There have been 27,139 confirmed cases of novel coronavirus in Ottawa (25,969 resolved) since the spring of 2020.
Ontario is reporting 733 new cases of COVID-19 today, including three in the Eastern Ontario Health Unit’s region, one in the Leeds, Grenville and Lanark district and one in Renfrew County and district.
Schools won’t re-open this school year
ONTARIO – After days of consultation, the Ontario government has decided against re-opening schools for in-person classes for the remainder of the school year.
The Ford government made its highly-anticipated announcement today (June 2) confirming students will not be back in classrooms before the end of the school year.
Speaking at Queen’s Park today with Education Minister Stephen Lecce and Health Minister Christine Elliott, Premier Doug Ford said it just simply isn’t the right time to risk having students and staff assemble inside a classroom.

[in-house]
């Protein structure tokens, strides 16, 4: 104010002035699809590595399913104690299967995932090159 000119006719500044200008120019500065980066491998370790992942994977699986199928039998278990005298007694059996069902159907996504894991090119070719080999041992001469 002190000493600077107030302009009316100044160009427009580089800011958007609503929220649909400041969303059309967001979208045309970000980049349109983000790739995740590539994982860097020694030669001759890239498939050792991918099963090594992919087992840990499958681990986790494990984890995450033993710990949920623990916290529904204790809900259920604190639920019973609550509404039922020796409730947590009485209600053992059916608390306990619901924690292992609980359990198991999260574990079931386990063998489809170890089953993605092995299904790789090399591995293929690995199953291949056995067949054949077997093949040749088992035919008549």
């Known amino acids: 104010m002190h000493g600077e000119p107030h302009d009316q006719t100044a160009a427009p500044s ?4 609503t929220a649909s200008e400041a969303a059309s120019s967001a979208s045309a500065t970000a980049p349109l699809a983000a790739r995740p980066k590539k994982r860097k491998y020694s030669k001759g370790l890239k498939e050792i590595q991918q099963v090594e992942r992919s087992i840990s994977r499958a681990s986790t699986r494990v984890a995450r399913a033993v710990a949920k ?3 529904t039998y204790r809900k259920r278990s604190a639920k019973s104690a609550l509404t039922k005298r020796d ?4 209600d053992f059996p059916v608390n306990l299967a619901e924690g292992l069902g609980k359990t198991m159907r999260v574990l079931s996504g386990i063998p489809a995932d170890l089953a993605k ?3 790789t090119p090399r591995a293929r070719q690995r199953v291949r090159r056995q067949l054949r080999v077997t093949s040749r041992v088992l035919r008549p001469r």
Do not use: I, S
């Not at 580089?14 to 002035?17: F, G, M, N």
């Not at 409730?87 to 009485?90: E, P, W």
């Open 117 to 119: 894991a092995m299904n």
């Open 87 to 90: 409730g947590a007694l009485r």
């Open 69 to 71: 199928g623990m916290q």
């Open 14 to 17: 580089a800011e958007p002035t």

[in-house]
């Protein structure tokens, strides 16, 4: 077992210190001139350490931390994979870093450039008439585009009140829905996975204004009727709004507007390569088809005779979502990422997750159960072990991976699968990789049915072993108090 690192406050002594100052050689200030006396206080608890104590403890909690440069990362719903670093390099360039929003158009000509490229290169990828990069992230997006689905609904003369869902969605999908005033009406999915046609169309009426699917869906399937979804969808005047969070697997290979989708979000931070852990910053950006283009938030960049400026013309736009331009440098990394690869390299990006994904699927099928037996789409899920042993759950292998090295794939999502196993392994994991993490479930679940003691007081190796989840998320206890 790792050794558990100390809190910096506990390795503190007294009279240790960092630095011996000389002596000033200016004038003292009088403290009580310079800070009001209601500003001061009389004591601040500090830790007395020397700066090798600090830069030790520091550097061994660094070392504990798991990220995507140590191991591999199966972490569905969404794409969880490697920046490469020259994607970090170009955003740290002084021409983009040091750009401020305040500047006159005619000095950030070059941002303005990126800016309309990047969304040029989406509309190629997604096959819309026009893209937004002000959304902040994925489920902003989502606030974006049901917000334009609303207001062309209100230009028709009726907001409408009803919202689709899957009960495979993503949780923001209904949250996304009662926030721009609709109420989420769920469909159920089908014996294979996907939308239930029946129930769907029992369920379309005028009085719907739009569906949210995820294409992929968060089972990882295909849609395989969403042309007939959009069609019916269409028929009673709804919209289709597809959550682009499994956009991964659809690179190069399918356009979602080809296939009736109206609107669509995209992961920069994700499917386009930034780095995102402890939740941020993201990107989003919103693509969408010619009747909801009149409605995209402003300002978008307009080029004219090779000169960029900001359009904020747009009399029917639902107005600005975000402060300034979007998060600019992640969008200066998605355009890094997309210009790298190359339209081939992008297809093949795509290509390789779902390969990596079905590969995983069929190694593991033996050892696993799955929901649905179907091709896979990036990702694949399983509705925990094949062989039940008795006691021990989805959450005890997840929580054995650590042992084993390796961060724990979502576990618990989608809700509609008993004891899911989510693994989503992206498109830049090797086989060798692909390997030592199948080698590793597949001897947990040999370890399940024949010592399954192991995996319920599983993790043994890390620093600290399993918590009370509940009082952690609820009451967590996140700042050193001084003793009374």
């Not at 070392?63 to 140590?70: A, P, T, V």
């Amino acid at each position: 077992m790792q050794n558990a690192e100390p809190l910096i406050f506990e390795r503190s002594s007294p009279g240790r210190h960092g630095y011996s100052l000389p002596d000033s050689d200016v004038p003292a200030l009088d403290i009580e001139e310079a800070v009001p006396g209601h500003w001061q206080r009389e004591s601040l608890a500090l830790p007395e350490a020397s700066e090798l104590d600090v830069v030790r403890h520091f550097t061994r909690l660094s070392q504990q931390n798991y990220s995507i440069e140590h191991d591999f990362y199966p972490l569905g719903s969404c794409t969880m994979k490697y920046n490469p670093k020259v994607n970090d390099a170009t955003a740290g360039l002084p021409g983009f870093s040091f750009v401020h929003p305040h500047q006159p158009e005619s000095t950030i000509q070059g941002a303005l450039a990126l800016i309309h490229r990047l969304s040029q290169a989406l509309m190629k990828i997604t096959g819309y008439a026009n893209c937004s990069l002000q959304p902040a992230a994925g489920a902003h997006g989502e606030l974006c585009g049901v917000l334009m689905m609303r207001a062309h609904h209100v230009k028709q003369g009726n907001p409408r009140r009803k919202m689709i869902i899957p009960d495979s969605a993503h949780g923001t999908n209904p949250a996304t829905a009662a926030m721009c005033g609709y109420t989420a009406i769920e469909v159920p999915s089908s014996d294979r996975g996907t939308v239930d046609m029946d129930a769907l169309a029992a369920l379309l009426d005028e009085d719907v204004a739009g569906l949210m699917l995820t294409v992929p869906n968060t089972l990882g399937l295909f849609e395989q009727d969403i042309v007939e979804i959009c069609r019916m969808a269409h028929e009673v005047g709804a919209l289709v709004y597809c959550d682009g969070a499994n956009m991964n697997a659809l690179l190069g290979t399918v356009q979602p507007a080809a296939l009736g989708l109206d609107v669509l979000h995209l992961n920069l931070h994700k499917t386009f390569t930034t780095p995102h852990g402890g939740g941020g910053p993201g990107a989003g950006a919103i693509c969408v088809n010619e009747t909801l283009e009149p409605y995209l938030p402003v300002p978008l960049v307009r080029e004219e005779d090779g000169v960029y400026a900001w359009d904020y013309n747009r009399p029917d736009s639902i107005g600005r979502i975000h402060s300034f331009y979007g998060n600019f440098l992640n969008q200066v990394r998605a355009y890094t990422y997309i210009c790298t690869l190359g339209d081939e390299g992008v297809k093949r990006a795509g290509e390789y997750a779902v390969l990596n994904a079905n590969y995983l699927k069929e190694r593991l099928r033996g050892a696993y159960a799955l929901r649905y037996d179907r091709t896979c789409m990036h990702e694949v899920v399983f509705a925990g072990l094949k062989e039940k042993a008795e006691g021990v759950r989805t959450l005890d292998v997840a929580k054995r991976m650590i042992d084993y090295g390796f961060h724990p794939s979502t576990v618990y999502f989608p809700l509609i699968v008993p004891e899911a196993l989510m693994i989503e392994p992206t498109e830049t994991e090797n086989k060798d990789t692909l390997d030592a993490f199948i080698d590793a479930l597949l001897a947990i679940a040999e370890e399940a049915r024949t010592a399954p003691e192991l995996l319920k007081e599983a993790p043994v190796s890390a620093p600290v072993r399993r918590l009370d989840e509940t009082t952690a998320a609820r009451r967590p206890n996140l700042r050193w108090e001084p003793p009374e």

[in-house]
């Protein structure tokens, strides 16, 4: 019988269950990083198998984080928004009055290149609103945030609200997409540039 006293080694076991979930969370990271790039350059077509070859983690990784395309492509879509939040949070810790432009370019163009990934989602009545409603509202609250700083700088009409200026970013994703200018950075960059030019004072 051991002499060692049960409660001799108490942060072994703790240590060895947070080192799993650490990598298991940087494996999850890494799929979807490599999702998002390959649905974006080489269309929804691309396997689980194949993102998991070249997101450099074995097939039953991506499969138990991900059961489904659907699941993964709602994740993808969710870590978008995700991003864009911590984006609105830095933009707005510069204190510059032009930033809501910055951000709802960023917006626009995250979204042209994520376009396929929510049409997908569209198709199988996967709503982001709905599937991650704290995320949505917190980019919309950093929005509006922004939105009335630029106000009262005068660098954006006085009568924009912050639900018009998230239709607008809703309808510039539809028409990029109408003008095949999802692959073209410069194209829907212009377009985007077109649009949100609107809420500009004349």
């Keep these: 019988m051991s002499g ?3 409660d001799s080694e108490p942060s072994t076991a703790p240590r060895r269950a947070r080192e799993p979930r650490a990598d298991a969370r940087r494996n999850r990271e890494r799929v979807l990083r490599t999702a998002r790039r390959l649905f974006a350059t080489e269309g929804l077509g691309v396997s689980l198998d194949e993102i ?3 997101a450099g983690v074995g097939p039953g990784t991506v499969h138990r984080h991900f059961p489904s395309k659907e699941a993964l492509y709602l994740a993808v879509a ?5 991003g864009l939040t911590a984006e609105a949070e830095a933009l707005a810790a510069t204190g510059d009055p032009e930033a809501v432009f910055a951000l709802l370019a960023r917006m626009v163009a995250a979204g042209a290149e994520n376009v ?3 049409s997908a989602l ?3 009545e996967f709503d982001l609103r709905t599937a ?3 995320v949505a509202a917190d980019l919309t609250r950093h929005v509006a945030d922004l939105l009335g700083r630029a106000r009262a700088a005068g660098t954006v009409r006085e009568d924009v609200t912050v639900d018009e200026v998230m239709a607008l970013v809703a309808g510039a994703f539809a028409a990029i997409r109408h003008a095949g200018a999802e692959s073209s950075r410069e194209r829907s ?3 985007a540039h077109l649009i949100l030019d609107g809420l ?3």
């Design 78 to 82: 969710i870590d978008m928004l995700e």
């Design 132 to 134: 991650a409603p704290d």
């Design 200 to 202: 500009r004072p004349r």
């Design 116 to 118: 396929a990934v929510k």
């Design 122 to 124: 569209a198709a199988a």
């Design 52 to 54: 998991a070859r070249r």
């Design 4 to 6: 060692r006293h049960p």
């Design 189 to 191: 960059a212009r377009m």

Ford pointed to the risk of the emerging delta B.1.617 COVID-19 variant first detected in India, which is rapidly growing provincewide and could become the most dominant strain in Ontario.
“The experts couldn’t tell us returning to in-class learning before more teachers and students are immunized won’t lead to thousands and thousands of new cases,” Ford said during his media availability. “The experts couldn’t tell us that it couldn’t risk spreading new variants. These aren’t risks I am willing to take.”
After meeting with his cabinet earlier today, there was speculation the province would opt to keep students out of schools until next fall in an effort to reopen the economy ahead of schedule.
Schools were closed to in-person learning in mid-April as the province fought a deadly third wave driven by more infectious variants of COVID-19. There are now just more than three weeks left in the school year.
The decision on schools comes as the provincial stay-at-home order is lifted, allowing for residents to leave the house for non-essential reasons with other pandemic restrictions still in effect.